50 soldiers sue over malaria medicine

A total of 50 personal injury legal actions have been lodged against the State over the use of the controversial anti-malaria drug, Lariam, by Defence Forces personnel.
50 soldiers sue over malaria medicine

The Department of Defence confirmed yesterday a further three personal injury cases relating to Lariam were received this year, in addition to 11 cases in 2015.

A spokeswoman said seven individuals from the 50 claims lodged had not progressed their cases and are now statute-barred.

The increase in Lariam-related cases is shown in the department’s annual report.

It revealed €3.73m was paid out last year in mainly personal injury cases. The payout included €2.2m in settlements, with €2.1m relating to personal injury claims.

The cost of plaintiffs’ legal fees was €985,985 while the State’s own legal fees, in relation to dealing with the personal injury cases totalled €362,368.

Meanwhile, medical fees in 2015 totalled €54,248, while miscellaneous costs amounted to €101,047.

The spend last year on costs connected with legal cases, including settlements, is 12% down on the €4.24m paid out in 2014 that included settlements of €2.65m and €1m in plaintiff’s legal costs.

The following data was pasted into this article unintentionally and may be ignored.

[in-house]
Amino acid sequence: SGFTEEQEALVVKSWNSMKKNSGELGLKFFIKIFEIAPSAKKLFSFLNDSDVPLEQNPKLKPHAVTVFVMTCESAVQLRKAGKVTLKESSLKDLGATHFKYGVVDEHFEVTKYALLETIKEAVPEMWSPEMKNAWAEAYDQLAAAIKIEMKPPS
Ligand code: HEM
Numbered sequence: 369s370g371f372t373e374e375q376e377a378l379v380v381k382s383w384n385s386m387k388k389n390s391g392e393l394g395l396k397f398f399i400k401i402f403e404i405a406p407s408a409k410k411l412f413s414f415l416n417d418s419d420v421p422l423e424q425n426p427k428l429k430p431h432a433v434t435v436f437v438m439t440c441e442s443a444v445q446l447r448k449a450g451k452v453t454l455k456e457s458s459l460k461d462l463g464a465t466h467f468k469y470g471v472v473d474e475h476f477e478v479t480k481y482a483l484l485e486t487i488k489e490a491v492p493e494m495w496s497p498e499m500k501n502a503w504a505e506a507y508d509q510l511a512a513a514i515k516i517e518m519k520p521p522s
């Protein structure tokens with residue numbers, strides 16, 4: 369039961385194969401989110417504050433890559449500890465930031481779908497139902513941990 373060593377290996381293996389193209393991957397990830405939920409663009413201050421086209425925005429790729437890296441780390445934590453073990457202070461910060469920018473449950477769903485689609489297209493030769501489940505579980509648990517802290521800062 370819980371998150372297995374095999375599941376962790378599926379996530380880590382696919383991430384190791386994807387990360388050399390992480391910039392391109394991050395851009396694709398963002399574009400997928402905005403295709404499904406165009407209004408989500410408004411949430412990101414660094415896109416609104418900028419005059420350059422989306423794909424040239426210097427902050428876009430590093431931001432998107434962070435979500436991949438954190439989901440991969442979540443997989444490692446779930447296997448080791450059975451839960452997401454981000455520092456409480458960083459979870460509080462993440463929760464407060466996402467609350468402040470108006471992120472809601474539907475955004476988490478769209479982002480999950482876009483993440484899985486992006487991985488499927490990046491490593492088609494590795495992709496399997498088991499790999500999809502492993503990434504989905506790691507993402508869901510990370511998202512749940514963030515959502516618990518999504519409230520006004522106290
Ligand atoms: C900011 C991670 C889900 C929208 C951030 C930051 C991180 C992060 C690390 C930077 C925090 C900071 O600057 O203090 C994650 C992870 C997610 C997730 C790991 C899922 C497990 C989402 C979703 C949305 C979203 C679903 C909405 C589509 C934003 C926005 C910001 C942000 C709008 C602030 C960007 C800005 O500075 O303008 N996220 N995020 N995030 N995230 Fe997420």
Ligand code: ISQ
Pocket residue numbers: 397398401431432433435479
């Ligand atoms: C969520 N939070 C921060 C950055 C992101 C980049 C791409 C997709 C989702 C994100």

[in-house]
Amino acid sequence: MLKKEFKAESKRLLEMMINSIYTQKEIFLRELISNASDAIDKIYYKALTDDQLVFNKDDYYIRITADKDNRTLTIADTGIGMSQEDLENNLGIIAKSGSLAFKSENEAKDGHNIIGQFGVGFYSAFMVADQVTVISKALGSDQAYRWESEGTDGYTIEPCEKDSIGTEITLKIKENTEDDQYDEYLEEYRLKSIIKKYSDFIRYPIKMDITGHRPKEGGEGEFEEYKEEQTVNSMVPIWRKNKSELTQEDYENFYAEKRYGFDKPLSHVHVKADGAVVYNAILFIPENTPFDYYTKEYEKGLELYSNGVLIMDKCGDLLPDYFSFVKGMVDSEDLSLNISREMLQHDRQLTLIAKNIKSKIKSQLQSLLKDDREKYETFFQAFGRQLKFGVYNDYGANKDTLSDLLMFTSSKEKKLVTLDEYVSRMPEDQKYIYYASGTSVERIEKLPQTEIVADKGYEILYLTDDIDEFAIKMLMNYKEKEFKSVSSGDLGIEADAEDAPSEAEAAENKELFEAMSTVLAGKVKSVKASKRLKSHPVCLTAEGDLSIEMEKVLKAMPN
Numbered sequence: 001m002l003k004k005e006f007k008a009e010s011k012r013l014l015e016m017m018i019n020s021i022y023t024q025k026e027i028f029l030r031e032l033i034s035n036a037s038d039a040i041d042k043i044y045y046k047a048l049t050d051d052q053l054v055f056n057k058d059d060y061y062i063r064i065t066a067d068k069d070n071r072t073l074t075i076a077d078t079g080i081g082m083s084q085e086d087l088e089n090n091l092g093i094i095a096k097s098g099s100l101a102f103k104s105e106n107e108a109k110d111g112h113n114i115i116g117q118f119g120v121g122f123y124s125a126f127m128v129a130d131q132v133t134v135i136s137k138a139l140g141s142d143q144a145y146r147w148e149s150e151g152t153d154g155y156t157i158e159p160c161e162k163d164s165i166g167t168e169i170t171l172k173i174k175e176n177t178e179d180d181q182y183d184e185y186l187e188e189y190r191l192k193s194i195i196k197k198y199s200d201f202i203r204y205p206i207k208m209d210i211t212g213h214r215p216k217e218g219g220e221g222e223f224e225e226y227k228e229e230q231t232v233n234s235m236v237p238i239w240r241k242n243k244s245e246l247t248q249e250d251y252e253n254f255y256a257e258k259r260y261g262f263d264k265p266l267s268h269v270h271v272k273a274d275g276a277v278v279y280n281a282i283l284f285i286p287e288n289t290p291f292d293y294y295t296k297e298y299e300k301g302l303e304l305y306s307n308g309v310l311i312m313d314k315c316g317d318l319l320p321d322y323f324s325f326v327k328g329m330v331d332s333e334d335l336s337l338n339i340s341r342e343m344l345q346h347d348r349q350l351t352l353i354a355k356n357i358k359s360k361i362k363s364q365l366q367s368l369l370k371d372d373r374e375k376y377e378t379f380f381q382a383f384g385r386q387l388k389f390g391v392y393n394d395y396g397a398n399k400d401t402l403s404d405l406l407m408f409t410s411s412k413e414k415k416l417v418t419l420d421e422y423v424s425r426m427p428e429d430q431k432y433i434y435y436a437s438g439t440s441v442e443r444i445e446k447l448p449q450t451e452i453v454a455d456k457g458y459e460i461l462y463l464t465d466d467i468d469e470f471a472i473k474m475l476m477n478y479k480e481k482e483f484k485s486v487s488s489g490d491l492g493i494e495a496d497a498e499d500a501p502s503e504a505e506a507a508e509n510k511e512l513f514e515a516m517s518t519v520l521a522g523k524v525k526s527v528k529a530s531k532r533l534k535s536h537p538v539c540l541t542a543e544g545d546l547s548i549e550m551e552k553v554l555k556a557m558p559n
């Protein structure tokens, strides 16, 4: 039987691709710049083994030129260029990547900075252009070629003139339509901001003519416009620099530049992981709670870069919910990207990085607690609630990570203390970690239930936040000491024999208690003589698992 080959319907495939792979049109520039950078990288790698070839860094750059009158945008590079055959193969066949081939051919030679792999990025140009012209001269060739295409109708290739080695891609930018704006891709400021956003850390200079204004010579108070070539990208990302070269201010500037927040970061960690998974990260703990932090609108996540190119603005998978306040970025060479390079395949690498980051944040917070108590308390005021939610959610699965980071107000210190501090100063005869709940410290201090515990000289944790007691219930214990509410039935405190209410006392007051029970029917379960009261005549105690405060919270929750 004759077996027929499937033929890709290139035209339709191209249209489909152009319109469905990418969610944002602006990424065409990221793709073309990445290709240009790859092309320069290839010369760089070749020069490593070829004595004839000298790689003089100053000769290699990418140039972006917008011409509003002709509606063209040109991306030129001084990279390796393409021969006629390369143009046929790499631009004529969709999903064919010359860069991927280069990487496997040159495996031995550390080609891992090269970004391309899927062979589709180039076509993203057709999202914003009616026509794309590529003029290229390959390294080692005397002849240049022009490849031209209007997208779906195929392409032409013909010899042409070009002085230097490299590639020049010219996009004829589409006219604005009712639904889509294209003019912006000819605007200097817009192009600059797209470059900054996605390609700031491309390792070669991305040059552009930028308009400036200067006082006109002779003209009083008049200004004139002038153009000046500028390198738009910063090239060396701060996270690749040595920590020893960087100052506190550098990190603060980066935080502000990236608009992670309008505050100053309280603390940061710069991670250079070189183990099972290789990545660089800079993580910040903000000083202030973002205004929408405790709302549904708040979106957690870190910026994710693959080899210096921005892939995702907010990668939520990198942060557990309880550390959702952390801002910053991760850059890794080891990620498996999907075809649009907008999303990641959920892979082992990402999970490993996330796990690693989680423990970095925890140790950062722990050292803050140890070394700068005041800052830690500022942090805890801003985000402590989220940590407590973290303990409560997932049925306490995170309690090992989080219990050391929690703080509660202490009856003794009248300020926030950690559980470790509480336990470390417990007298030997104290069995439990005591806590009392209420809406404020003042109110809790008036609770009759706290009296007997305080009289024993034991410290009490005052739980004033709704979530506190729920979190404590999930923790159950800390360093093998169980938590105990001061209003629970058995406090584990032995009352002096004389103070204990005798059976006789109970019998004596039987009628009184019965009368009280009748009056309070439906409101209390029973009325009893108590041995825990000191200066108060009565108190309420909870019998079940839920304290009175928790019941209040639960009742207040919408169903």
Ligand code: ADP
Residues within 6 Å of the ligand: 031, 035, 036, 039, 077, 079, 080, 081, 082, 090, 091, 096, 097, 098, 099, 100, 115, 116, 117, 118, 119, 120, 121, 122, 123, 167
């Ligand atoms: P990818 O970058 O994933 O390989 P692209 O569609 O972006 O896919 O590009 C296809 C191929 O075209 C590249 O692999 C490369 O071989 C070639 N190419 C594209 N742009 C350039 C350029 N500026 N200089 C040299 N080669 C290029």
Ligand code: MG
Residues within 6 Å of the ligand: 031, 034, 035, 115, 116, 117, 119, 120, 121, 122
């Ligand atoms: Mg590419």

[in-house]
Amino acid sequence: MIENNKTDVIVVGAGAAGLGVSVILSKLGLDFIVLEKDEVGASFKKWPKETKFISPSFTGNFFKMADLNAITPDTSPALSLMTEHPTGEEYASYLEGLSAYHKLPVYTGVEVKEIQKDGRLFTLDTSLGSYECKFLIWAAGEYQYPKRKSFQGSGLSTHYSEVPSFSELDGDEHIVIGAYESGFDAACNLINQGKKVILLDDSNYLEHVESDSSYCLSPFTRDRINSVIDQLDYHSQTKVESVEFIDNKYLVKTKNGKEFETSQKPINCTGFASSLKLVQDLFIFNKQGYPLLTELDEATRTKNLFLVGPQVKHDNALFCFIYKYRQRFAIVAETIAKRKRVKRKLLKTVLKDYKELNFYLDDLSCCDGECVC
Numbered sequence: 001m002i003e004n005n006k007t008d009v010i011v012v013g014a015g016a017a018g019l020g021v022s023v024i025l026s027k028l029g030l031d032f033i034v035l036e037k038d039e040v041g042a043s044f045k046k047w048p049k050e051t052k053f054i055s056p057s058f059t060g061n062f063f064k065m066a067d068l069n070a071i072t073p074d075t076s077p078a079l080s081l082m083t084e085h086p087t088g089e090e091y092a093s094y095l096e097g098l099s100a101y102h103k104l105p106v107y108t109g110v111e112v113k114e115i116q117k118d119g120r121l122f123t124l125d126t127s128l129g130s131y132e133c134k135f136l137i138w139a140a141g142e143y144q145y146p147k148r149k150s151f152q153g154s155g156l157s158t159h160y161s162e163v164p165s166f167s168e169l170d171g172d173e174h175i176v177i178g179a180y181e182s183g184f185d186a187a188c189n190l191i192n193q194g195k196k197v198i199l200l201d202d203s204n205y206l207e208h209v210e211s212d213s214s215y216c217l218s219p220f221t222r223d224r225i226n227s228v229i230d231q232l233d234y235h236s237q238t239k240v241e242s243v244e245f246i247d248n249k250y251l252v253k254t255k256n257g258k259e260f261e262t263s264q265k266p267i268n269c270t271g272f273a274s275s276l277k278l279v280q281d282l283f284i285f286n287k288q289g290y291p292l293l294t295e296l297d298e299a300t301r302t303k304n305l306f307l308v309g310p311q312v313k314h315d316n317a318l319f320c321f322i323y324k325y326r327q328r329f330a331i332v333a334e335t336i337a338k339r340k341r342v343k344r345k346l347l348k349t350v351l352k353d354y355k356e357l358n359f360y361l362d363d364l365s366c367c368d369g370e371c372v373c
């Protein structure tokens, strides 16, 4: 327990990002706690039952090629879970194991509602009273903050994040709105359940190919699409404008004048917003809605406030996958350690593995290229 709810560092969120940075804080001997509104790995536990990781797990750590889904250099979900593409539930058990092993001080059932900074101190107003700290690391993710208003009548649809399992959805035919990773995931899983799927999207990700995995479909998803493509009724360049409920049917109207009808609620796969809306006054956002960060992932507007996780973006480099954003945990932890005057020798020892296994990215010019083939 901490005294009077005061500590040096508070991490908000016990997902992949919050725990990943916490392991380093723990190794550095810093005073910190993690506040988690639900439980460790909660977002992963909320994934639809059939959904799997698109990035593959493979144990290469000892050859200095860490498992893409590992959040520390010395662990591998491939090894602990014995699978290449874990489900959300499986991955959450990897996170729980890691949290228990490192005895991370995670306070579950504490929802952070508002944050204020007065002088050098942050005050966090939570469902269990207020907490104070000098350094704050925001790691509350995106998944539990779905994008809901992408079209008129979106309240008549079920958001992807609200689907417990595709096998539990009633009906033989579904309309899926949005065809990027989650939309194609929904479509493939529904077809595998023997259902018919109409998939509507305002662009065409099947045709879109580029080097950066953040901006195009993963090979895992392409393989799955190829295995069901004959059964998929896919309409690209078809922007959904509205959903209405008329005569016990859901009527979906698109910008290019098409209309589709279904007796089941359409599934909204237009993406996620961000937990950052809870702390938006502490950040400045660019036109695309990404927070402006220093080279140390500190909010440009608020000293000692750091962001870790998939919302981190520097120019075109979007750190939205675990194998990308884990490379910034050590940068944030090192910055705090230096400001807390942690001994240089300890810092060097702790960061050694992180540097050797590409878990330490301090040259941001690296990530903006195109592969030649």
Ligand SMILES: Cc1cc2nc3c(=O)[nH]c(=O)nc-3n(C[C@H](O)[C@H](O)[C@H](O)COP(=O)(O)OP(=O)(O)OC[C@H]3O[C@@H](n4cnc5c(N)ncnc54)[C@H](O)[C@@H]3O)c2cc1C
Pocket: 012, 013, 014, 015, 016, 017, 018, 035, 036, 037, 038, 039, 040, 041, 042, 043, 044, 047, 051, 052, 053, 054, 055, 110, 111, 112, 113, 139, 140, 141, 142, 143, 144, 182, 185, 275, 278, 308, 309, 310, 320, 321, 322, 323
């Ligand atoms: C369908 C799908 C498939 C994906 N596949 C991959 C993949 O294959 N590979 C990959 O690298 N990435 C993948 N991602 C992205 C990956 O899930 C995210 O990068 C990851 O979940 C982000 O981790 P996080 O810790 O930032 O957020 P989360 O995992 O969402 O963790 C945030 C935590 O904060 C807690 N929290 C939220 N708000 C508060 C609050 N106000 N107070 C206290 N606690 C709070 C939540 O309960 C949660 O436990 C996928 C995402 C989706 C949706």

According to the department, of the 322 personal injury (PI) cases on hand at the end of December 2015, 249 relate to cases taken by present and former members of the Defence Forces. The spokeswoman confirmed 14 cases related to the claims arising from plaintiffs allegedly suffering from post traumatic stress disorder (PTSD).

She said: “The highest personal injury payment made on behalf of the Department of Defence in 2015 was €210,000. This payment related to a road traffic accident where the plaintiff received multiple injuries. This figure is inclusive of special damages.”

In relation to Lariam cases, the soldiers involved allege they suffered personal injury as a result of taking the drug while serving overseas. The drug has been issued to Irish soldiers since 2001. It was first prescribed as a malarial preventative measure for a mission in Eritrea.

Use of the drug has been hugely controversial in recent years. Its manufacturers Roche revised its safety information about Lariam several years ago, listing insomnia, anxiety, and depression as possible side effects.

Concerns about the drug led to it being dropped by the US military in 2009.

The department spokeswoman said: “None of the cases relating to Lariam have been heard in court to date. The State Claims Agency manage and provide legal representation in relation to all personal injury cases taken against the minister for defence. Each case is considered by the SCA on its own merits.”

She said: “Lariam remains in the formulary of medications prescribed by the medical corps for Defence Forces personnel on appropriate overseas missions, to ensure that our military personnel can have effective protection from the very serious risks posed by malaria.”

The spokeswoman added: “The health and welfare of the men and women of the Defence Forces is of the highest priority for the minister of defence as well as the Defence Forces.”

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